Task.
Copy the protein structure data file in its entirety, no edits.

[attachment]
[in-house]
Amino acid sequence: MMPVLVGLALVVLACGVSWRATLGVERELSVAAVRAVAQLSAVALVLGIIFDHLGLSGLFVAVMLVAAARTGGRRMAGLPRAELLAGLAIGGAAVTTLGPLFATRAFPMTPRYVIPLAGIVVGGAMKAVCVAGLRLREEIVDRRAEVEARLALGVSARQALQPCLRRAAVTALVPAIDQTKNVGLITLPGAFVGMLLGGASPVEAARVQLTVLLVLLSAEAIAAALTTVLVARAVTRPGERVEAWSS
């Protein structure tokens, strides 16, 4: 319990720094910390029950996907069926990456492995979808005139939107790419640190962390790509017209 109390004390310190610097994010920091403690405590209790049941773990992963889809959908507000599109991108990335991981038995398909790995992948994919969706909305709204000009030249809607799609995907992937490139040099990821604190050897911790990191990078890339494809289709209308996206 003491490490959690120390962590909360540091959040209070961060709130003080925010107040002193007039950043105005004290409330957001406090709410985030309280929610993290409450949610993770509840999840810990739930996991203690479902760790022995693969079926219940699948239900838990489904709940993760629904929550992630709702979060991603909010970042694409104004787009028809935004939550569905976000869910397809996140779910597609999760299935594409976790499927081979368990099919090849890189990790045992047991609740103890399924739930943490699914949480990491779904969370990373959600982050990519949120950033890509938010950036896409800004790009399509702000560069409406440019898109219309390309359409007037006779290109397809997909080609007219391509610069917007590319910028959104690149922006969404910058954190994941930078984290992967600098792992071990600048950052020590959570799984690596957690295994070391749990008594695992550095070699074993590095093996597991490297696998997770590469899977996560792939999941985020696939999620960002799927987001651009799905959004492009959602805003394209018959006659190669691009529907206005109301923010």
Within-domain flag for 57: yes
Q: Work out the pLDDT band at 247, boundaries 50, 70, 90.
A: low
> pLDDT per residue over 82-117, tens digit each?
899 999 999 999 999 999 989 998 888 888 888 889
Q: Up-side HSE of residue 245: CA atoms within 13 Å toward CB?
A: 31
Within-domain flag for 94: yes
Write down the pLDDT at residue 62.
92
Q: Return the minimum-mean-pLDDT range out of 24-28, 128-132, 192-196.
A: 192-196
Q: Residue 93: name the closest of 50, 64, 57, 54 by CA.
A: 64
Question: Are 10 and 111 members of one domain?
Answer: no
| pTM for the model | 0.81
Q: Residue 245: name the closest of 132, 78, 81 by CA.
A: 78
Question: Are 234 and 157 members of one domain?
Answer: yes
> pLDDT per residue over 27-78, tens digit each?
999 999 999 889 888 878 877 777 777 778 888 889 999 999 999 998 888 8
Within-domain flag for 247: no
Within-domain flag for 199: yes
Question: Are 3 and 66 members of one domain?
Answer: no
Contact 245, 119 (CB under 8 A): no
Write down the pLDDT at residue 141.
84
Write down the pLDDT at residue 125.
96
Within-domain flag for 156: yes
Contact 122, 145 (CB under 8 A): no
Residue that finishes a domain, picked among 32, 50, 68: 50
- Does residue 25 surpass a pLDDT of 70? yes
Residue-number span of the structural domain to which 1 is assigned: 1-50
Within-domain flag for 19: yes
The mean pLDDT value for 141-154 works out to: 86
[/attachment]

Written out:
[in-house]
Amino acid sequence: MMPVLVGLALVVLACGVSWRATLGVERELSVAAVRAVAQLSAVALVLGIIFDHLGLSGLFVAVMLVAAARTGGRRMAGLPRAELLAGLAIGGAAVTTLGPLFATRAFPMTPRYVIPLAGIVVGGAMKAVCVAGLRLREEIVDRRAEVEARLALGVSARQALQPCLRRAAVTALVPAIDQTKNVGLITLPGAFVGMLLGGASPVEAARVQLTVLLVLLSAEAIAAALTTVLVARAVTRPGERVEAWSS
């Protein structure tokens, strides 16, 4: 319990720094910390029950996907069926990456492995979808005139939107790419640190962390790509017209 109390004390310190610097994010920091403690405590209790049941773990992963889809959908507000599109991108990335991981038995398909790995992948994919969706909305709204000009030249809607799609995907992937490139040099990821604190050897911790990191990078890339494809289709209308996206 003491490490959690120390962590909360540091959040209070961060709130003080925010107040002193007039950043105005004290409330957001406090709410985030309280929610993290409450949610993770509840999840810990739930996991203690479902760790022995693969079926219940699948239900838990489904709940993760629904929550992630709702979060991603909010970042694409104004787009028809935004939550569905976000869910397809996140779910597609999760299935594409976790499927081979368990099919090849890189990790045992047991609740103890399924739930943490699914949480990491779904969370990373959600982050990519949120950033890509938010950036896409800004790009399509702000560069409406440019898109219309390309359409007037006779290109397809997909080609007219391509610069917007590319910028959104690149922006969404910058954190994941930078984290992967600098792992071990600048950052020590959570799984690596957690295994070391749990008594695992550095070699074993590095093996597991490297696998997770590469899977996560792939999941985020696939999620960002799927987001651009799905959004492009959602805003394209018959006659190669691009529907206005109301923010």
Within-domain flag for 57: yes
Q: Work out the pLDDT band at 247, boundaries 50, 70, 90.
A: low
> pLDDT per residue over 82-117, tens digit each?
899 999 999 999 999 999 989 998 888 888 888 889
Q: Up-side HSE of residue 245: CA atoms within 13 Å toward CB?
A: 31
Within-domain flag for 94: yes
Write down the pLDDT at residue 62.
92
Q: Return the minimum-mean-pLDDT range out of 24-28, 128-132, 192-196.
A: 192-196
Q: Residue 93: name the closest of 50, 64, 57, 54 by CA.
A: 64
Question: Are 10 and 111 members of one domain?
Answer: no
| pTM for the model | 0.81
Q: Residue 245: name the closest of 132, 78, 81 by CA.
A: 78
Question: Are 234 and 157 members of one domain?
Answer: yes
> pLDDT per residue over 27-78, tens digit each?
999 999 999 889 888 878 877 777 777 778 888 889 999 999 999 998 888 8
Within-domain flag for 247: no
Within-domain flag for 199: yes
Question: Are 3 and 66 members of one domain?
Answer: no
Contact 245, 119 (CB under 8 A): no
Write down the pLDDT at residue 141.
84
Write down the pLDDT at residue 125.
96
Within-domain flag for 156: yes
Contact 122, 145 (CB under 8 A): no
Residue that finishes a domain, picked among 32, 50, 68: 50
- Does residue 25 surpass a pLDDT of 70? yes
Residue-number span of the structural domain to which 1 is assigned: 1-50
Within-domain flag for 19: yes
The mean pLDDT value for 141-154 works out to: 86